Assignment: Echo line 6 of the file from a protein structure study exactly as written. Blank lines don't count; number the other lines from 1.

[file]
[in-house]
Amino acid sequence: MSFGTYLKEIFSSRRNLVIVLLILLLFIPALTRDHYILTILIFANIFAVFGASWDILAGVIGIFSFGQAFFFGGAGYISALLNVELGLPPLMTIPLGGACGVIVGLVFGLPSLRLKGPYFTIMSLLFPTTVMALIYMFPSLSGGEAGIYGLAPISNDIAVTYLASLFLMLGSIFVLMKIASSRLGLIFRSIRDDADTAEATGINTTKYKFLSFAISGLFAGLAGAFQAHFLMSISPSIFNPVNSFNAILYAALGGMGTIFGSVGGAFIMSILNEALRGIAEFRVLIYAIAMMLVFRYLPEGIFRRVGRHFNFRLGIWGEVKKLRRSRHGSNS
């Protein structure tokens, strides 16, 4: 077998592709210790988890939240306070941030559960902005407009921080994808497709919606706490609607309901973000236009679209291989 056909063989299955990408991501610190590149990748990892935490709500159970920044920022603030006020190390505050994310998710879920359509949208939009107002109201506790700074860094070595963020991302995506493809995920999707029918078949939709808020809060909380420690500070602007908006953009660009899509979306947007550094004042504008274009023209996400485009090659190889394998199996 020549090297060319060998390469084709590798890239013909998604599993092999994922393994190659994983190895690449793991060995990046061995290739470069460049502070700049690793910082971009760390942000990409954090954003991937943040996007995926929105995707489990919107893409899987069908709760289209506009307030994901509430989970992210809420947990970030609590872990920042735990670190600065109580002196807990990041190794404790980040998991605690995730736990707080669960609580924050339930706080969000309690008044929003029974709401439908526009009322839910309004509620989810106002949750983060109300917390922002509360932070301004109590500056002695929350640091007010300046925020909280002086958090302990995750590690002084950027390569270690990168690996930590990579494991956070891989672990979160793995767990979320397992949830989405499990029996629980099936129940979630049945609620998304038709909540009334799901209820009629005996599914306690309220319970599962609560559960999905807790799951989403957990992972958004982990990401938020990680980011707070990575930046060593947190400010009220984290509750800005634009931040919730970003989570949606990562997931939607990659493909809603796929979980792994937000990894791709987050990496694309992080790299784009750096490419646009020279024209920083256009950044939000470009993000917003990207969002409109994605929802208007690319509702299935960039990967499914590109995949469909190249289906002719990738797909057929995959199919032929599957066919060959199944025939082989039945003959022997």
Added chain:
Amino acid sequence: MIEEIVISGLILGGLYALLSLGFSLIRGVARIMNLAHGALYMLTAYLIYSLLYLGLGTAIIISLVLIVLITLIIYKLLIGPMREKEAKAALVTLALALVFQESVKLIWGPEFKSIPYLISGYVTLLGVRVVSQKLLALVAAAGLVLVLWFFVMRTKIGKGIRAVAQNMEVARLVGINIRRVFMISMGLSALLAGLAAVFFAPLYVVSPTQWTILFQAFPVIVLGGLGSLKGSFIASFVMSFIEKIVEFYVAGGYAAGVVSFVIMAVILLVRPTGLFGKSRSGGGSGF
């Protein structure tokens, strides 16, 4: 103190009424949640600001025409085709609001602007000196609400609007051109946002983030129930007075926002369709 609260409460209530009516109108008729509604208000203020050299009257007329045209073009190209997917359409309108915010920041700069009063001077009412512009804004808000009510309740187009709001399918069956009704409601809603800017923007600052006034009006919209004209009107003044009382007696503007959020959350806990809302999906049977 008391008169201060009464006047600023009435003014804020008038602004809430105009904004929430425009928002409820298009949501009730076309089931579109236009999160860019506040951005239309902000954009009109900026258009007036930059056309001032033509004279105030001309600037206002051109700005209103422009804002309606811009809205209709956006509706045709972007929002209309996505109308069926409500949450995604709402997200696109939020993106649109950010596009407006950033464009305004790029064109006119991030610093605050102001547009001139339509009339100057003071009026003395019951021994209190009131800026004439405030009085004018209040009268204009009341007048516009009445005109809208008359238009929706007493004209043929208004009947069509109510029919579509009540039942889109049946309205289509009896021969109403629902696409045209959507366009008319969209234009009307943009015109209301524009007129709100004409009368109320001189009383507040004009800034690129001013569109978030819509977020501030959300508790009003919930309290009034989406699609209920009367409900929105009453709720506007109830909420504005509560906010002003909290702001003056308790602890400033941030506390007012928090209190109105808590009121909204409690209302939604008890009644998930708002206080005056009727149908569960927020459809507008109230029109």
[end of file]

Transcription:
């Protein structure tokens, strides 16, 4: 103190009424949640600001025409085709609001602007000196609400609007051109946002983030129930007075926002369709 609260409460209530009516109108008729509604208000203020050299009257007329045209073009190209997917359409309108915010920041700069009063001077009412512009804004808000009510309740187009709001399918069956009704409601809603800017923007600052006034009006919209004209009107003044009382007696503007959020959350806990809302999906049977 008391008169201060009464006047600023009435003014804020008038602004809430105009904004929430425009928002409820298009949501009730076309089931579109236009999160860019506040951005239309902000954009009109900026258009007036930059056309001032033509004279105030001309600037206002051109700005209103422009804002309606811009809205209709956006509706045709972007929002209309996505109308069926409500949450995604709402997200696109939020993106649109950010596009407006950033464009305004790029064109006119991030610093605050102001547009001139339509009339100057003071009026003395019951021994209190009131800026004439405030009085004018209040009268204009009341007048516009009445005109809208008359238009929706007493004209043929208004009947069509109510029919579509009540039942889109049946309205289509009896021969109403629902696409045209959507366009008319969209234009009307943009015109209301524009007129709100004409009368109320001189009383507040004009800034690129001013569109978030819509977020501030959300508790009003919930309290009034989406699609209920009367409900929105009453709720506007109830909420504005509560906010002003909290702001003056308790602890400033941030506390007012928090209190109105808590009121909204409690209302939604008890009644998930708002206080005056009727149908569960927020459809507008109230029109």